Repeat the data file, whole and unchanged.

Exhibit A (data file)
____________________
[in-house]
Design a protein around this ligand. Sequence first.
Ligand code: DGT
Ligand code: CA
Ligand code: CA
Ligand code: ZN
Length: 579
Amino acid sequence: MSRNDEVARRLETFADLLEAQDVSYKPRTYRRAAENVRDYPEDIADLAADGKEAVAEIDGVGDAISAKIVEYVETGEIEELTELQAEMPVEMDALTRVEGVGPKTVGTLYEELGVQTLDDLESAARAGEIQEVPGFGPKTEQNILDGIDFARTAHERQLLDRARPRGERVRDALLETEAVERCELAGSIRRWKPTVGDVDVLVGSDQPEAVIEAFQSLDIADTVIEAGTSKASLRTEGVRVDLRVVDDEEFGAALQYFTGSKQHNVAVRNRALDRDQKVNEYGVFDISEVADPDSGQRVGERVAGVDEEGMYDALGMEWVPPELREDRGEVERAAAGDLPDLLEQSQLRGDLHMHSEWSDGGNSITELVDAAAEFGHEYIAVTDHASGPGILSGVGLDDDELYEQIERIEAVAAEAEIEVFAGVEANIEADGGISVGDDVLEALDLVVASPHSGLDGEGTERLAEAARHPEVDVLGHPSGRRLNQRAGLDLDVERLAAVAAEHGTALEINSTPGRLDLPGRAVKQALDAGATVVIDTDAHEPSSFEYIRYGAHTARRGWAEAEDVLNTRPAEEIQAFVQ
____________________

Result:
[in-house]
Design a protein around this ligand. Sequence first.
Ligand code: DGT
Ligand code: CA
Ligand code: CA
Ligand code: ZN
Length: 579
Amino acid sequence: MSRNDEVARRLETFADLLEAQDVSYKPRTYRRAAENVRDYPEDIADLAADGKEAVAEIDGVGDAISAKIVEYVETGEIEELTELQAEMPVEMDALTRVEGVGPKTVGTLYEELGVQTLDDLESAARAGEIQEVPGFGPKTEQNILDGIDFARTAHERQLLDRARPRGERVRDALLETEAVERCELAGSIRRWKPTVGDVDVLVGSDQPEAVIEAFQSLDIADTVIEAGTSKASLRTEGVRVDLRVVDDEEFGAALQYFTGSKQHNVAVRNRALDRDQKVNEYGVFDISEVADPDSGQRVGERVAGVDEEGMYDALGMEWVPPELREDRGEVERAAAGDLPDLLEQSQLRGDLHMHSEWSDGGNSITELVDAAAEFGHEYIAVTDHASGPGILSGVGLDDDELYEQIERIEAVAAEAEIEVFAGVEANIEADGGISVGDDVLEALDLVVASPHSGLDGEGTERLAEAARHPEVDVLGHPSGRRLNQRAGLDLDVERLAAVAAEHGTALEINSTPGRLDLPGRAVKQALDAGATVVIDTDAHEPSSFEYIRYGAHTARRGWAEAEDVLNTRPAEEIQAFVQ